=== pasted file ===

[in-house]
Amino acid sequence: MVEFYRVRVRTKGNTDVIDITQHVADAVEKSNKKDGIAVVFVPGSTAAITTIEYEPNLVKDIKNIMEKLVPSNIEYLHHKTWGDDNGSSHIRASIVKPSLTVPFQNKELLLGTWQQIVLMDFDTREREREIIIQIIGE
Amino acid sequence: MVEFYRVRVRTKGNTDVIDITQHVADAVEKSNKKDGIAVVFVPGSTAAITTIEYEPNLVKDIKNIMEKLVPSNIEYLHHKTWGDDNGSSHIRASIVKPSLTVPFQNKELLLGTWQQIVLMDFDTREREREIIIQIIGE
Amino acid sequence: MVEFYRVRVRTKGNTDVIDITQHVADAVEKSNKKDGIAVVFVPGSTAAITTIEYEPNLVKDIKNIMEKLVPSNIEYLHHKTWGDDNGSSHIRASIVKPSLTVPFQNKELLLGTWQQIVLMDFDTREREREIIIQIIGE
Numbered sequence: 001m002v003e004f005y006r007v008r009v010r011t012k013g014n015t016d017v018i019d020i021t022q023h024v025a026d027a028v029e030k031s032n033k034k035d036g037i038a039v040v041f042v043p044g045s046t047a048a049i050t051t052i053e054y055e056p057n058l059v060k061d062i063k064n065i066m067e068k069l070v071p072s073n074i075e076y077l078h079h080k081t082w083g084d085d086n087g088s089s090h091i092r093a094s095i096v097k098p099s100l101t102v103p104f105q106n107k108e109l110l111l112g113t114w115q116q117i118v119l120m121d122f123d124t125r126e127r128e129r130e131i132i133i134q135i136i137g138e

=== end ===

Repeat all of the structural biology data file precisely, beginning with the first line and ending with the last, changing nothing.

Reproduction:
[in-house]
Amino acid sequence: MVEFYRVRVRTKGNTDVIDITQHVADAVEKSNKKDGIAVVFVPGSTAAITTIEYEPNLVKDIKNIMEKLVPSNIEYLHHKTWGDDNGSSHIRASIVKPSLTVPFQNKELLLGTWQQIVLMDFDTREREREIIIQIIGE
Amino acid sequence: MVEFYRVRVRTKGNTDVIDITQHVADAVEKSNKKDGIAVVFVPGSTAAITTIEYEPNLVKDIKNIMEKLVPSNIEYLHHKTWGDDNGSSHIRASIVKPSLTVPFQNKELLLGTWQQIVLMDFDTREREREIIIQIIGE
Amino acid sequence: MVEFYRVRVRTKGNTDVIDITQHVADAVEKSNKKDGIAVVFVPGSTAAITTIEYEPNLVKDIKNIMEKLVPSNIEYLHHKTWGDDNGSSHIRASIVKPSLTVPFQNKELLLGTWQQIVLMDFDTREREREIIIQIIGE
Numbered sequence: 001m002v003e004f005y006r007v008r009v010r011t012k013g014n015t016d017v018i019d020i021t022q023h024v025a026d027a028v029e030k031s032n033k034k035d036g037i038a039v040v041f042v043p044g045s046t047a048a049i050t051t052i053e054y055e056p057n058l059v060k061d062i063k064n065i066m067e068k069l070v071p072s073n074i075e076y077l078h079h080k081t082w083g084d085d086n087g088s089s090h091i092r093a094s095i096v097k098p099s100l101t102v103p104f105q106n107k108e109l110l111l112g113t114w115q116q117i118v119l120m121d122f123d124t125r126e127r128e129r130e131i132i133i134q135i136i137g138e